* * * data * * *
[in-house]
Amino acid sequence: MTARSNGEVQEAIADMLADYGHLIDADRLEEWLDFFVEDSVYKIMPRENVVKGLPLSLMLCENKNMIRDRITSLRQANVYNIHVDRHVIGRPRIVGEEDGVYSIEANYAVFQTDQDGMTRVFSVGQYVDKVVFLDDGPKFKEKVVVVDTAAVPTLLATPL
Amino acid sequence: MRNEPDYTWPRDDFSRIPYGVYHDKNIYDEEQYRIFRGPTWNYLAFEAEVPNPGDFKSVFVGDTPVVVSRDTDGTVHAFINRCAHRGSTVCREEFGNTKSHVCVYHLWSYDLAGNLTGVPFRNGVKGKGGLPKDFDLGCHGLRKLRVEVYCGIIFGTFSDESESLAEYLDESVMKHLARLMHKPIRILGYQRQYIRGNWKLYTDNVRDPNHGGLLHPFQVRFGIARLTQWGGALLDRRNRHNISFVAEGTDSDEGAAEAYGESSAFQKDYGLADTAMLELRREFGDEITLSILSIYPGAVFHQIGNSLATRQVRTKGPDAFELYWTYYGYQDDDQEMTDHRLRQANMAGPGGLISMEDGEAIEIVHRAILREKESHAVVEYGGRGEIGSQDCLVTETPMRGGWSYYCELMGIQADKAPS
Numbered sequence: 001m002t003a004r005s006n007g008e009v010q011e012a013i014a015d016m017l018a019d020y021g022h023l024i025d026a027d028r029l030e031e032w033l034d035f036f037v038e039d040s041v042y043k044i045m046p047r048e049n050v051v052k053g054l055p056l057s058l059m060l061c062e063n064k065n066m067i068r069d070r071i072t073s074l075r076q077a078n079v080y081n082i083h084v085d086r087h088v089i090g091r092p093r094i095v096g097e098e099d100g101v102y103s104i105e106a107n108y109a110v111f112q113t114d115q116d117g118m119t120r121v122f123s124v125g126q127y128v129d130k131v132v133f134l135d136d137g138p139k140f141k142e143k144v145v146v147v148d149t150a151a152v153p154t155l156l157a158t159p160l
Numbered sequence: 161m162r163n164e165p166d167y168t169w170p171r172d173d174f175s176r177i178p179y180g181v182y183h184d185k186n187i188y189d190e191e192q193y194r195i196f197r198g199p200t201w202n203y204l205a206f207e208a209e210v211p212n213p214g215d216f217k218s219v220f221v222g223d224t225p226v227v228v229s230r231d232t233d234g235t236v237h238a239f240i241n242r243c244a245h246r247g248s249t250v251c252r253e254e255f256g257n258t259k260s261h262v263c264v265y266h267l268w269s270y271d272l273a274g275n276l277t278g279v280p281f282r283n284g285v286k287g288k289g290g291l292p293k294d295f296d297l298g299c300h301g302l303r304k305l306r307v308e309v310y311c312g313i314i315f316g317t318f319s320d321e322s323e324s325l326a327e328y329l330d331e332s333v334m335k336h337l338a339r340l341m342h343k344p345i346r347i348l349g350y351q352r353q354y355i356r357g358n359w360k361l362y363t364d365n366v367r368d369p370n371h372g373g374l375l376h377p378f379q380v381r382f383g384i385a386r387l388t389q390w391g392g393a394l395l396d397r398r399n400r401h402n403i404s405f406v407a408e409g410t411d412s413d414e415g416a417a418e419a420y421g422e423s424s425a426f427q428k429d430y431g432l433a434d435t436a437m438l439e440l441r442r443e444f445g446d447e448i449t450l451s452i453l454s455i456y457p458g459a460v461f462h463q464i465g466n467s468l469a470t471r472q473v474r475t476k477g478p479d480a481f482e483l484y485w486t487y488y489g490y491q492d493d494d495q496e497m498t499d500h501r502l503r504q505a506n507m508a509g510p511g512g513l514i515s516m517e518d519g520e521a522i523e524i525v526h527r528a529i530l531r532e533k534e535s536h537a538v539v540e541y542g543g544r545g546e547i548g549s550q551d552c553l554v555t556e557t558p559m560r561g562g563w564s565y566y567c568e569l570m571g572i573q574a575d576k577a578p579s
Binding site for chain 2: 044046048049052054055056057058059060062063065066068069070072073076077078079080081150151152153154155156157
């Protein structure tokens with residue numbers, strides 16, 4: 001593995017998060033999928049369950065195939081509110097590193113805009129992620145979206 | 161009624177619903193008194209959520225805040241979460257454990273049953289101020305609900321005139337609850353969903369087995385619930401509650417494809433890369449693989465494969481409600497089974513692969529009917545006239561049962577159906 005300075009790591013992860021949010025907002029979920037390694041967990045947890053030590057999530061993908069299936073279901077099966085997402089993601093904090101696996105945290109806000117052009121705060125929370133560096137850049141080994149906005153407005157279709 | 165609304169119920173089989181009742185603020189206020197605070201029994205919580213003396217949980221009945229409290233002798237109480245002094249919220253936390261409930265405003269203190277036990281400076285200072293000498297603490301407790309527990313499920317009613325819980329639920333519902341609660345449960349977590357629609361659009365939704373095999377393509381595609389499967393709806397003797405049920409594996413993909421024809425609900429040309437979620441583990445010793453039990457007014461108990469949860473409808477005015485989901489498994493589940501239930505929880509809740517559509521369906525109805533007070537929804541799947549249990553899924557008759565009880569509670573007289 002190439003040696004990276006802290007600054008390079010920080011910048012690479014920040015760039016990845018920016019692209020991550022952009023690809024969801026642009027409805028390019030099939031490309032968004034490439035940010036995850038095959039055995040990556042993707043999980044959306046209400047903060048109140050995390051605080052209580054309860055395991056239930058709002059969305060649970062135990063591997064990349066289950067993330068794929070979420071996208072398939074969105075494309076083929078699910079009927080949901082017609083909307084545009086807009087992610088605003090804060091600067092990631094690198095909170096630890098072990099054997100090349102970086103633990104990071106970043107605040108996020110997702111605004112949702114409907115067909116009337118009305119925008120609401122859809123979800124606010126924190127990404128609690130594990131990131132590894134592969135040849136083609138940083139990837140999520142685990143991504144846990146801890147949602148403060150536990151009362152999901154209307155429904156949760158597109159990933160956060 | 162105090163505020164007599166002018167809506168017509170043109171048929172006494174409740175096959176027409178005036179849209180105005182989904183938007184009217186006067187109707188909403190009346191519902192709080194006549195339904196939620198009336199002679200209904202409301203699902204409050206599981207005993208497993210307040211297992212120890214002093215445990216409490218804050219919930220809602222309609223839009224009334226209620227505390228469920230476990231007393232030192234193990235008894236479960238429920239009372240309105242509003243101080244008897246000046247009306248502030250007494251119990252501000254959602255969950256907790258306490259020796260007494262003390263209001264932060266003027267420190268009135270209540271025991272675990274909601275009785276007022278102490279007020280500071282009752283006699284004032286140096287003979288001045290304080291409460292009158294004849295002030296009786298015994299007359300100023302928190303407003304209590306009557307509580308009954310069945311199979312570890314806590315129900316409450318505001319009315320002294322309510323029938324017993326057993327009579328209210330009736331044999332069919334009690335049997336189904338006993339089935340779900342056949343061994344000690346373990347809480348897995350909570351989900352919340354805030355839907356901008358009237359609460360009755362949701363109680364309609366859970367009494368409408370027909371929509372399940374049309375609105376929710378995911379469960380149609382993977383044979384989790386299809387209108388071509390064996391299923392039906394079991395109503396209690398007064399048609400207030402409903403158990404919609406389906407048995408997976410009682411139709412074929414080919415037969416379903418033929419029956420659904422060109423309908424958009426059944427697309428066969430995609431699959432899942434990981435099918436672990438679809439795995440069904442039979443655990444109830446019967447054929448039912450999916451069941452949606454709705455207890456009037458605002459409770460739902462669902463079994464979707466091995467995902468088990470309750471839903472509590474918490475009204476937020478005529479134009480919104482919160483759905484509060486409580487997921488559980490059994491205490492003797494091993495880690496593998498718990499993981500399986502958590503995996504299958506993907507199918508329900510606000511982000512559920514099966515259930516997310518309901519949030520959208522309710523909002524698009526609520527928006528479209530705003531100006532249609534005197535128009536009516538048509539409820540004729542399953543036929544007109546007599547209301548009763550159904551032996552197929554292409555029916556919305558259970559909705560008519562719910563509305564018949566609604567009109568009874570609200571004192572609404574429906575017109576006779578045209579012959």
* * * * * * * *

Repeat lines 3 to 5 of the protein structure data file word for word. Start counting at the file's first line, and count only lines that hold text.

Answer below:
Amino acid sequence: MRNEPDYTWPRDDFSRIPYGVYHDKNIYDEEQYRIFRGPTWNYLAFEAEVPNPGDFKSVFVGDTPVVVSRDTDGTVHAFINRCAHRGSTVCREEFGNTKSHVCVYHLWSYDLAGNLTGVPFRNGVKGKGGLPKDFDLGCHGLRKLRVEVYCGIIFGTFSDESESLAEYLDESVMKHLARLMHKPIRILGYQRQYIRGNWKLYTDNVRDPNHGGLLHPFQVRFGIARLTQWGGALLDRRNRHNISFVAEGTDSDEGAAEAYGESSAFQKDYGLADTAMLELRREFGDEITLSILSIYPGAVFHQIGNSLATRQVRTKGPDAFELYWTYYGYQDDDQEMTDHRLRQANMAGPGGLISMEDGEAIEIVHRAILREKESHAVVEYGGRGEIGSQDCLVTETPMRGGWSYYCELMGIQADKAPS
Numbered sequence: 001m002t003a004r005s006n007g008e009v010q011e012a013i014a015d016m017l018a019d020y021g022h023l024i025d026a027d028r029l030e031e032w033l034d035f036f037v038e039d040s041v042y043k044i045m046p047r048e049n050v051v052k053g054l055p056l057s058l059m060l061c062e063n064k065n066m067i068r069d070r071i072t073s074l075r076q077a078n079v080y081n082i083h084v085d086r087h088v089i090g091r092p093r094i095v096g097e098e099d100g101v102y103s104i105e106a107n108y109a110v111f112q113t114d115q116d117g118m119t120r121v122f123s124v125g126q127y128v129d130k131v132v133f134l135d136d137g138p139k140f141k142e143k144v145v146v147v148d149t150a151a152v153p154t155l156l157a158t159p160l
Numbered sequence: 161m162r163n164e165p166d167y168t169w170p171r172d173d174f175s176r177i178p179y180g181v182y183h184d185k186n187i188y189d190e191e192q193y194r195i196f197r198g199p200t201w202n203y204l205a206f207e208a209e210v211p212n213p214g215d216f217k218s219v220f221v222g223d224t225p226v227v228v229s230r231d232t233d234g235t236v237h238a239f240i241n242r243c244a245h246r247g248s249t250v251c252r253e254e255f256g257n258t259k260s261h262v263c264v265y266h267l268w269s270y271d272l273a274g275n276l277t278g279v280p281f282r283n284g285v286k287g288k289g290g291l292p293k294d295f296d297l298g299c300h301g302l303r304k305l306r307v308e309v310y311c312g313i314i315f316g317t318f319s320d321e322s323e324s325l326a327e328y329l330d331e332s333v334m335k336h337l338a339r340l341m342h343k344p345i346r347i348l349g350y351q352r353q354y355i356r357g358n359w360k361l362y363t364d365n366v367r368d369p370n371h372g373g374l375l376h377p378f379q380v381r382f383g384i385a386r387l388t389q390w391g392g393a394l395l396d397r398r399n400r401h402n403i404s405f406v407a408e409g410t411d412s413d414e415g416a417a418e419a420y421g422e423s424s425a426f427q428k429d430y431g432l433a434d435t436a437m438l439e440l441r442r443e444f445g446d447e448i449t450l451s452i453l454s455i456y457p458g459a460v461f462h463q464i465g466n467s468l469a470t471r472q473v474r475t476k477g478p479d480a481f482e483l484y485w486t487y488y489g490y491q492d493d494d495q496e497m498t499d500h501r502l503r504q505a506n507m508a509g510p511g512g513l514i515s516m517e518d519g520e521a522i523e524i525v526h527r528a529i530l531r532e533k534e535s536h537a538v539v540e541y542g543g544r545g546e547i548g549s550q551d552c553l554v555t556e557t558p559m560r561g562g563w564s565y566y567c568e569l570m571g572i573q574a575d576k577a578p579s